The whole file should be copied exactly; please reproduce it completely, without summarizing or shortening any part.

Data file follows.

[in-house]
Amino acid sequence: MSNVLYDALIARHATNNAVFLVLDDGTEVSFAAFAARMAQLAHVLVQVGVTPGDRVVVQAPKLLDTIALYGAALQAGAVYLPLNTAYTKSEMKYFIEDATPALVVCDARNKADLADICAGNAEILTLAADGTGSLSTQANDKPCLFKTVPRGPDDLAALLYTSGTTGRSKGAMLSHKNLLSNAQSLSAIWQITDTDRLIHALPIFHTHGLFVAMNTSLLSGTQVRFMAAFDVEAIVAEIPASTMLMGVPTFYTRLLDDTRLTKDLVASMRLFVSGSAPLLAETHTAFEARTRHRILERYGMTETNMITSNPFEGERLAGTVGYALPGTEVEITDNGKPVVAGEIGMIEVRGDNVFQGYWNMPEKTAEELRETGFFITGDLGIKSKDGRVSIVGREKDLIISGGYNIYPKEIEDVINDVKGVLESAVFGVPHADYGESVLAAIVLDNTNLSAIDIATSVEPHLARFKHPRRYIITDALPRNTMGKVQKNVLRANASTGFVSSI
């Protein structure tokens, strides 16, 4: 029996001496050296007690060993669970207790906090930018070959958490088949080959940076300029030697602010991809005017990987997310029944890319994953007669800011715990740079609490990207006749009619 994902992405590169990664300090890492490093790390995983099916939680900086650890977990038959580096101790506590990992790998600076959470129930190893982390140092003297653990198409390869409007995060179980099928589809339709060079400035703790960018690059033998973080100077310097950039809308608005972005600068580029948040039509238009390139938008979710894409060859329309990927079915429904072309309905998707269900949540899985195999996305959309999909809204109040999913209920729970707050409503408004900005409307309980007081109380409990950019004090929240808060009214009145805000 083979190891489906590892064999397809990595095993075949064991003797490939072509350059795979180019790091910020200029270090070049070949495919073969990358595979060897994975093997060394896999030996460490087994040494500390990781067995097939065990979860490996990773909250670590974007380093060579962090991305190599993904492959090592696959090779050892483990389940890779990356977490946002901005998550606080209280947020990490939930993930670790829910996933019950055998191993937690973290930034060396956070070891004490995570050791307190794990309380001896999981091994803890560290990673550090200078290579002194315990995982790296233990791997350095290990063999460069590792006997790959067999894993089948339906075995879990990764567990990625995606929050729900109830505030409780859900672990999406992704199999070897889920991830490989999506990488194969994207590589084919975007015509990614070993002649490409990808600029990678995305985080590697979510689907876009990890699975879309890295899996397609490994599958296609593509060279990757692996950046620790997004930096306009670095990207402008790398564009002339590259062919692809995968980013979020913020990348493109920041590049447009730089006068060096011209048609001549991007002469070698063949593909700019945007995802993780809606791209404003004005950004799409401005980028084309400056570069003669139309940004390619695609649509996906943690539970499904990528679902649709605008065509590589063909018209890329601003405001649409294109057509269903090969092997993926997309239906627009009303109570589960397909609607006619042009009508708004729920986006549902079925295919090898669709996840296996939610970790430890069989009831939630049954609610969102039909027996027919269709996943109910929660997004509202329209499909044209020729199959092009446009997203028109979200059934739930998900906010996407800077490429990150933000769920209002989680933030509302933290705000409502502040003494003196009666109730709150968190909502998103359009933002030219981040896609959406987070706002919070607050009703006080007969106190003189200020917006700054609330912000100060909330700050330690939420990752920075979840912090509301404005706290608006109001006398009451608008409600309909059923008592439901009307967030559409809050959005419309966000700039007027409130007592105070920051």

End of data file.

[in-house]
Amino acid sequence: MSNVLYDALIARHATNNAVFLVLDDGTEVSFAAFAARMAQLAHVLVQVGVTPGDRVVVQAPKLLDTIALYGAALQAGAVYLPLNTAYTKSEMKYFIEDATPALVVCDARNKADLADICAGNAEILTLAADGTGSLSTQANDKPCLFKTVPRGPDDLAALLYTSGTTGRSKGAMLSHKNLLSNAQSLSAIWQITDTDRLIHALPIFHTHGLFVAMNTSLLSGTQVRFMAAFDVEAIVAEIPASTMLMGVPTFYTRLLDDTRLTKDLVASMRLFVSGSAPLLAETHTAFEARTRHRILERYGMTETNMITSNPFEGERLAGTVGYALPGTEVEITDNGKPVVAGEIGMIEVRGDNVFQGYWNMPEKTAEELRETGFFITGDLGIKSKDGRVSIVGREKDLIISGGYNIYPKEIEDVINDVKGVLESAVFGVPHADYGESVLAAIVLDNTNLSAIDIATSVEPHLARFKHPRRYIITDALPRNTMGKVQKNVLRANASTGFVSSI
């Protein structure tokens, strides 16, 4: 029996001496050296007690060993669970207790906090930018070959958490088949080959940076300029030697602010991809005017990987997310029944890319994953007669800011715990740079609490990207006749009619 994902992405590169990664300090890492490093790390995983099916939680900086650890977990038959580096101790506590990992790998600076959470129930190893982390140092003297653990198409390869409007995060179980099928589809339709060079400035703790960018690059033998973080100077310097950039809308608005972005600068580029948040039509238009390139938008979710894409060859329309990927079915429904072309309905998707269900949540899985195999996305959309999909809204109040999913209920729970707050409503408004900005409307309980007081109380409990950019004090929240808060009214009145805000 083979190891489906590892064999397809990595095993075949064991003797490939072509350059795979180019790091910020200029270090070049070949495919073969990358595979060897994975093997060394896999030996460490087994040494500390990781067995097939065990979860490996990773909250670590974007380093060579962090991305190599993904492959090592696959090779050892483990389940890779990356977490946002901005998550606080209280947020990490939930993930670790829910996933019950055998191993937690973290930034060396956070070891004490995570050791307190794990309380001896999981091994803890560290990673550090200078290579002194315990995982790296233990791997350095290990063999460069590792006997790959067999894993089948339906075995879990990764567990990625995606929050729900109830505030409780859900672990999406992704199999070897889920991830490989999506990488194969994207590589084919975007015509990614070993002649490409990808600029990678995305985080590697979510689907876009990890699975879309890295899996397609490994599958296609593509060279990757692996950046620790997004930096306009670095990207402008790398564009002339590259062919692809995968980013979020913020990348493109920041590049447009730089006068060096011209048609001549991007002469070698063949593909700019945007995802993780809606791209404003004005950004799409401005980028084309400056570069003669139309940004390619695609649509996906943690539970499904990528679902649709605008065509590589063909018209890329601003405001649409294109057509269903090969092997993926997309239906627009009303109570589960397909609607006619042009009508708004729920986006549902079925295919090898669709996840296996939610970790430890069989009831939630049954609610969102039909027996027919269709996943109910929660997004509202329209499909044209020729199959092009446009997203028109979200059934739930998900906010996407800077490429990150933000769920209002989680933030509302933290705000409502502040003494003196009666109730709150968190909502998103359009933002030219981040896609959406987070706002919070607050009703006080007969106190003189200020917006700054609330912000100060909330700050330690939420990752920075979840912090509301404005706290608006109001006398009451608008409600309909059923008592439901009307967030559409809050959005419309966000700039007027409130007592105070920051």